Trump’s chief economic adviser didn’t want to talk about Amazon’s relationship with the Post Office

Larry Kudlow (Photo: Gage Skidmore via Wikipedia)

President Donald Trump likes to paint Amazon as a negative force for the U.S. Postal Service, even reportedly asking U.S. Postmaster General Megan Brennan to double shipping charges on the Seattle online retailer and other companies.

But don’t ask economist Larry Kudlow —who was recently appointed by President Trump to lead the National Economic Council —  about his views on the matter.

In an entertaining back-and-forth Sunday morning with ABC’s George Stephanopoulos, Kudlow routinely avoided questions about Amazon and the U.S. Postal Service.

Here’s how things went down on the talk show, highlighting how President Trump often goes his own way on matters, even as evidence counters the president’s narrative.

After Stephanopoulos asked Kudlow about whether it was right to “single out” companies like Amazon, Kudlow bobbed and weaved:

“That’s not in my lane,” he said. “I can’t really comment specifically. I haven’t looked at that.”

Stephanopoulos shot back: “Well, it comes under the National Economic Council, doesn’t it?”

Kudlow: “Well, I suppose so. But, again, I haven’t been involved in that discussion. Look, the president is a man of many of opinions. I think you know that. I think we all know that. It’s up to him. He may be carrying this ball. I can’t comment directly on it. George, I just want to go back to a Kudlow theme, if you will let me for a minute. The American economy is growing very nicely, three percent. They said it couldn’t be done, some of the critics. The tax cuts are working. The roll back of regulation is working. These trade opening deals, if we can effect them successfully, including the technology pieces, that is going to help… Things are going very, very well.”

Stephanopoulos: “There is a lot of good news in the economy, but let me push you on that one more time, because you are the chair of the National Economic Council and as the chair of the Economic Council, when the president’s opinions are at odds with the facts, for example when he said that the Post Office is losing billions of dollars to Amazon, and the taxpayers are paying for it, and when that simply isn’t true, isn’t it your responsibility to advise him of the facts?”

Kudlow: “If he asked me directly, it would be. A lot of people looked at these numbers and there are many different opinions about the validity of many different numbers, George. That’s really all I can say. My plate: taxes, regulations, China trade. I have not been deeply involved in Amazon. Look, the president may feel that there is some unfairness going on here, and, as you know, there has been some back and forth about the role of Mr. Bezos, who I know actually and his Washington Post ownership. I just can’t go down there in specifics. I know you want to dig into it. It’s just not my story.”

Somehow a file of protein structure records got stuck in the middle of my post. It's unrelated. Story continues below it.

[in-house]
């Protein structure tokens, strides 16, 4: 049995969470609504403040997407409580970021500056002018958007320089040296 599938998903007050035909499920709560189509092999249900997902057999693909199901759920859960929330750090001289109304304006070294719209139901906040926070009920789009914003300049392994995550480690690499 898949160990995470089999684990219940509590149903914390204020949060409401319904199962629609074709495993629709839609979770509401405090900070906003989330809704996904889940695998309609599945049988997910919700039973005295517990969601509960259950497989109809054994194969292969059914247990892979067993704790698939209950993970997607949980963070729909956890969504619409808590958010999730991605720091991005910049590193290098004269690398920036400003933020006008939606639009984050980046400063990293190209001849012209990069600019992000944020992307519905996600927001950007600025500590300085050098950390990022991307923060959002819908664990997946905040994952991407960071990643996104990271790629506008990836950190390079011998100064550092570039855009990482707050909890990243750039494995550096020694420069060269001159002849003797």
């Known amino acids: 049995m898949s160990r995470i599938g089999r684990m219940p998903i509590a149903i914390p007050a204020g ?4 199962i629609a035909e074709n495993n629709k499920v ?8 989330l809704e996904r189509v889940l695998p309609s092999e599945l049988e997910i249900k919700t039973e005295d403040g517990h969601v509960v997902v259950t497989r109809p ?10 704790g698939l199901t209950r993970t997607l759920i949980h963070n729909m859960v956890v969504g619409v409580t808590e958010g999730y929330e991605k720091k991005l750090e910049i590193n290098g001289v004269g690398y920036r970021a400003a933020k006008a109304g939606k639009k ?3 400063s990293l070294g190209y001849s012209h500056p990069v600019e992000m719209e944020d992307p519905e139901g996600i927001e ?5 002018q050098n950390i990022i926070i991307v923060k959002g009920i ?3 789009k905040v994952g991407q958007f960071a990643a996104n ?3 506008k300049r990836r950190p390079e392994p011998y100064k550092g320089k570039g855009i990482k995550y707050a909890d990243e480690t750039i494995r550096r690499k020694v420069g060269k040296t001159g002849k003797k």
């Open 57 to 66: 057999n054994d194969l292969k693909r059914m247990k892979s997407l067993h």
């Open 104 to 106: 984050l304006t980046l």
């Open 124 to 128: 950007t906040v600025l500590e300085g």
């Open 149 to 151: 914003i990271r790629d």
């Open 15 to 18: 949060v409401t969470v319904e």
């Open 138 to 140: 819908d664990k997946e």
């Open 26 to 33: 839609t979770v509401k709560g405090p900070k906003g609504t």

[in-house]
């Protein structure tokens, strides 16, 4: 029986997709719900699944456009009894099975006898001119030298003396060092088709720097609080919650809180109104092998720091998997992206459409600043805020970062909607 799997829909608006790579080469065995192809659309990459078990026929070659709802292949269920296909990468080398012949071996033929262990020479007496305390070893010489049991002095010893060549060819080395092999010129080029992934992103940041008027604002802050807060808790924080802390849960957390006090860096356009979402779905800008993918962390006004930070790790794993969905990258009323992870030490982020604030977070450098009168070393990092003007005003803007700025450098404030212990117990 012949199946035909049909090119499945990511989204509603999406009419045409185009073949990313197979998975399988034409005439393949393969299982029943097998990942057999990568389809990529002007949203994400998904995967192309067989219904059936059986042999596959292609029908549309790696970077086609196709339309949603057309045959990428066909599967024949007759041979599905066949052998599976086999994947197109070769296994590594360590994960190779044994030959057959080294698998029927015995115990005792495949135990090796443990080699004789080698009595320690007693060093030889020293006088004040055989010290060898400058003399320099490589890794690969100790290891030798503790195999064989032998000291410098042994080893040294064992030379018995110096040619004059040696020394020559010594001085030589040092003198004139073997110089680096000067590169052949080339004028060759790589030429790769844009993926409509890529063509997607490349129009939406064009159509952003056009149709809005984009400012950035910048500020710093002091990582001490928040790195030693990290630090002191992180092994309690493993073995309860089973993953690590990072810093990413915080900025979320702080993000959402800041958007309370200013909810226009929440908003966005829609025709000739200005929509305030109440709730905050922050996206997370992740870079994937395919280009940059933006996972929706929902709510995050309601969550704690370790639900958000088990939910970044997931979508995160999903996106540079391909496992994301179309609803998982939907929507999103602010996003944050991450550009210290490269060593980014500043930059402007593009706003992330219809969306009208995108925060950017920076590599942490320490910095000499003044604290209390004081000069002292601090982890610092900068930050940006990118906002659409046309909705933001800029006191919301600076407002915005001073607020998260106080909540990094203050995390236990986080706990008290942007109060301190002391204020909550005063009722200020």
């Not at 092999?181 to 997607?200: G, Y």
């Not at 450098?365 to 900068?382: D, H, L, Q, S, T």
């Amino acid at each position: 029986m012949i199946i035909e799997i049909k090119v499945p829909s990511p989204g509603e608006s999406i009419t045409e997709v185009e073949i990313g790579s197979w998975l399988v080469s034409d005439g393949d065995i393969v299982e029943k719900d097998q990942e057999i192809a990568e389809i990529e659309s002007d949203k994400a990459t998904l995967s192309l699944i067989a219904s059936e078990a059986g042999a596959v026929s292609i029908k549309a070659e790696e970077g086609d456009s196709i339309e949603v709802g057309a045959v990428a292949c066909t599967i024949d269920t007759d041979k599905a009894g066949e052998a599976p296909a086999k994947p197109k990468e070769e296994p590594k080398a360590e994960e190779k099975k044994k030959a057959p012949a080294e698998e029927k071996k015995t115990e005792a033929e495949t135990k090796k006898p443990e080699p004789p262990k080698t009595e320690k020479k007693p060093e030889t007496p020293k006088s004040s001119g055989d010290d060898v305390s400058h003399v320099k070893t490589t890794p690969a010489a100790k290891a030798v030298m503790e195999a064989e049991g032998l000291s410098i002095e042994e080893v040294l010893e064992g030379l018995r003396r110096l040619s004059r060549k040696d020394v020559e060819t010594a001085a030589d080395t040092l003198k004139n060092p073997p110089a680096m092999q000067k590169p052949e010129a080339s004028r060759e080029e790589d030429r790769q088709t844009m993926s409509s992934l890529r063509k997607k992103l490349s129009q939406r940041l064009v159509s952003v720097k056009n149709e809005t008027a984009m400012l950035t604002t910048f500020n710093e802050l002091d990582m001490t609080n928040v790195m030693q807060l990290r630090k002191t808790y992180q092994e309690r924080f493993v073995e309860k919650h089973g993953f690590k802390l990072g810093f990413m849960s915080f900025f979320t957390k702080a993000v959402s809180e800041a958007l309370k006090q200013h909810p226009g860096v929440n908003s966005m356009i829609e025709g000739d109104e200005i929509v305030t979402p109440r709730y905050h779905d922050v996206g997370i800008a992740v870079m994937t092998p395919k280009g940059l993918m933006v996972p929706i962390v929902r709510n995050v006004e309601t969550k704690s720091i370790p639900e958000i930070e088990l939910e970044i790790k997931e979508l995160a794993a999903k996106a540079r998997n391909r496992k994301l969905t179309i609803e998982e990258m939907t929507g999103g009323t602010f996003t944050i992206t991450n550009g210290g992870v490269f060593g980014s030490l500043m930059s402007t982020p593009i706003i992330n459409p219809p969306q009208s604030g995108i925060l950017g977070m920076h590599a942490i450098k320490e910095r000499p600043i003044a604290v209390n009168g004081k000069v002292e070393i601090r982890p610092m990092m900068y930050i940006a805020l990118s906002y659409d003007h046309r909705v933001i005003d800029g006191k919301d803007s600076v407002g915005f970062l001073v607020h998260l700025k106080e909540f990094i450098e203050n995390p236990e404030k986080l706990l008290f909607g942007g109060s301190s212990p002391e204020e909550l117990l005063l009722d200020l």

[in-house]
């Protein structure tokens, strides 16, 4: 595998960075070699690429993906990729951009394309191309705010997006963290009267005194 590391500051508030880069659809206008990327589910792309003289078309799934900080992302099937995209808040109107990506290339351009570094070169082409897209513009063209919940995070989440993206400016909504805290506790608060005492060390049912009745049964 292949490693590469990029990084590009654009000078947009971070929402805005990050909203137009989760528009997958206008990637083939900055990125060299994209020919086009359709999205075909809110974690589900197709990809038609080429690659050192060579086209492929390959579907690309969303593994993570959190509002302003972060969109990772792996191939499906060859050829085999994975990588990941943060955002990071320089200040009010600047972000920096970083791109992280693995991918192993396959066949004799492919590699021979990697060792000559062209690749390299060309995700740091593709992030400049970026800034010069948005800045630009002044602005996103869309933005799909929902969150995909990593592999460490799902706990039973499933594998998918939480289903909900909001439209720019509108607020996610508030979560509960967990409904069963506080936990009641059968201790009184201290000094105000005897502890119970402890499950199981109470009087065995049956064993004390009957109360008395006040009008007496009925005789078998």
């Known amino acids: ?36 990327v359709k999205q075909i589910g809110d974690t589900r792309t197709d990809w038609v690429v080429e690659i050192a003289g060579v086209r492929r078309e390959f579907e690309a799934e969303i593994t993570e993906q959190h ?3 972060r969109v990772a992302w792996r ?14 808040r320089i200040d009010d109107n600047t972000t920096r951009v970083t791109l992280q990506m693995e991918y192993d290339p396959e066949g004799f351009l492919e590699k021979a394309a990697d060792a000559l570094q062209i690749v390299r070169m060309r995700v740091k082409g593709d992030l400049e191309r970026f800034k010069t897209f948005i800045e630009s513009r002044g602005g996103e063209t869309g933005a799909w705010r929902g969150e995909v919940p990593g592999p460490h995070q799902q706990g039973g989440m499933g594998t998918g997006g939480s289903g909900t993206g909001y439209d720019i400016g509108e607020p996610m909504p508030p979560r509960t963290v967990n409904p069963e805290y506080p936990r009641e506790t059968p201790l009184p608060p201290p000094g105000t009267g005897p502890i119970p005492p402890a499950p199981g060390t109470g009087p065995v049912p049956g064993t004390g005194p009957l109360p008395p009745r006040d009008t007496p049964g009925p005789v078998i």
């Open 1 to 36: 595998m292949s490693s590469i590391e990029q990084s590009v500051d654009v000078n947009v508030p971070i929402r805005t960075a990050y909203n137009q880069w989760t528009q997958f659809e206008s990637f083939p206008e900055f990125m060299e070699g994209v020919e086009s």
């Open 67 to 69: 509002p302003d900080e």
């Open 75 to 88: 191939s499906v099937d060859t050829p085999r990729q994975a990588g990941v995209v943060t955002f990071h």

Stephanopoulos: “I am going to let you go, but let me make a final point. That’s what a lot of people are concerned about here because they look at the facts and they say that, in fact, Amazon has not cost the postal service any money, and in fact the president is targeting them because Jeff Bezos owns the Washington Post, even though that has nothing to do with Amazon. That is what they say is inappropriate?”

Kudlow: “I have seen the figures, offense and defense on that one to be honest with you. I have seen numbers, and you can probably do this on both sides. A lot of numbers, by the way, have not been made available. We will see. All I know is that America is prospering, and if we can fix the technology stealing, which is so important in this China story and we can get these market openings, this will be good for American export sales, and I think it is good for Chinese growth.”

While the Post Office is losing money, Politifact last month tossed water on the theory that Amazon is to blame for the losses, writing that the company is “contributing to its biggest growth sector, package delivery.”

CNN’s Reliable Sources program also addressed the Amazon-Postal Service issue on Sunday morning, pointing out facts which counter the president’s position.

Josh Dawsey, the White House Reporter for The Washington Post who broke the story last week on Trump’s pleas to increase shipping rates on Amazon, said the president is discounting the facts related to the situation. President Trump sees Amazon as having “too lucrative and too sweet of a deal” with the postal service. “That’s up for debate by others, but the president sees that,” said Dawsey, adding that a lot of Trump’s advisors “do not think Amazon is a problem and have told him that.”

Even still, Dawsey said that there have been several meetings in the White House about shipping rates, and Trump is “the main person in the administration who thinks that Amazon is a problem and wants to raise rates on Amazon, and other firms who ship.”

Here’s what Trump posted on Twitter late last year on the matter.